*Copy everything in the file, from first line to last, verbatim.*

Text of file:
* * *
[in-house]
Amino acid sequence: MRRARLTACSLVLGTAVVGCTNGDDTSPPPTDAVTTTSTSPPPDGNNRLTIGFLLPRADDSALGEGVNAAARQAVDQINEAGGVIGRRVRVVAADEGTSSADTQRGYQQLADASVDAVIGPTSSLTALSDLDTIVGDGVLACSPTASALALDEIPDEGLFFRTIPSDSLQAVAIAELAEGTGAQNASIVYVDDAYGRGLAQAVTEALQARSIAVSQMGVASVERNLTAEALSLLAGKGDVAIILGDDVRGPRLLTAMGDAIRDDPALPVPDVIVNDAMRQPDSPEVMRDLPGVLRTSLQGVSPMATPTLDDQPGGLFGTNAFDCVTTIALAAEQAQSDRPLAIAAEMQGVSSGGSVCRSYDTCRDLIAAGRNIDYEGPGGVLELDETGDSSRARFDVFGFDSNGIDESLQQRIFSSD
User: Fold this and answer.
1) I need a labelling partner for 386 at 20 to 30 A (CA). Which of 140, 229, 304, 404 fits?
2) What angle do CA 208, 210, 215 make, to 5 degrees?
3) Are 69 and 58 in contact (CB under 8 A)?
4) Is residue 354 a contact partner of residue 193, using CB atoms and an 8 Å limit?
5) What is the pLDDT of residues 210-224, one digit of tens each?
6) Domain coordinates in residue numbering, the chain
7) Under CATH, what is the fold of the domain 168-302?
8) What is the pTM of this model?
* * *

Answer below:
[in-house]
Amino acid sequence: MRRARLTACSLVLGTAVVGCTNGDDTSPPPTDAVTTTSTSPPPDGNNRLTIGFLLPRADDSALGEGVNAAARQAVDQINEAGGVIGRRVRVVAADEGTSSADTQRGYQQLADASVDAVIGPTSSLTALSDLDTIVGDGVLACSPTASALALDEIPDEGLFFRTIPSDSLQAVAIAELAEGTGAQNASIVYVDDAYGRGLAQAVTEALQARSIAVSQMGVASVERNLTAEALSLLAGKGDVAIILGDDVRGPRLLTAMGDAIRDDPALPVPDVIVNDAMRQPDSPEVMRDLPGVLRTSLQGVSPMATPTLDDQPGGLFGTNAFDCVTTIALAAEQAQSDRPLAIAAEMQGVSSGGSVCRSYDTCRDLIAAGRNIDYEGPGGVLELDETGDSSRARFDVFGFDSNGIDESLQQRIFSSD
User: Fold this and answer.
1) I need a labelling partner for 386 at 20 to 30 A (CA). Which of 140, 229, 304, 404 fits?
2) What angle do CA 208, 210, 215 make, to 5 degrees?
3) Are 69 and 58 in contact (CB under 8 A)?
4) Is residue 354 a contact partner of residue 193, using CB atoms and an 8 Å limit?
5) What is the pLDDT of residues 210-224, one digit of tens each?
6) Domain coordinates in residue numbering, the chain
7) Under CATH, what is the fold of the domain 168-302?
8) What is the pTM of this model?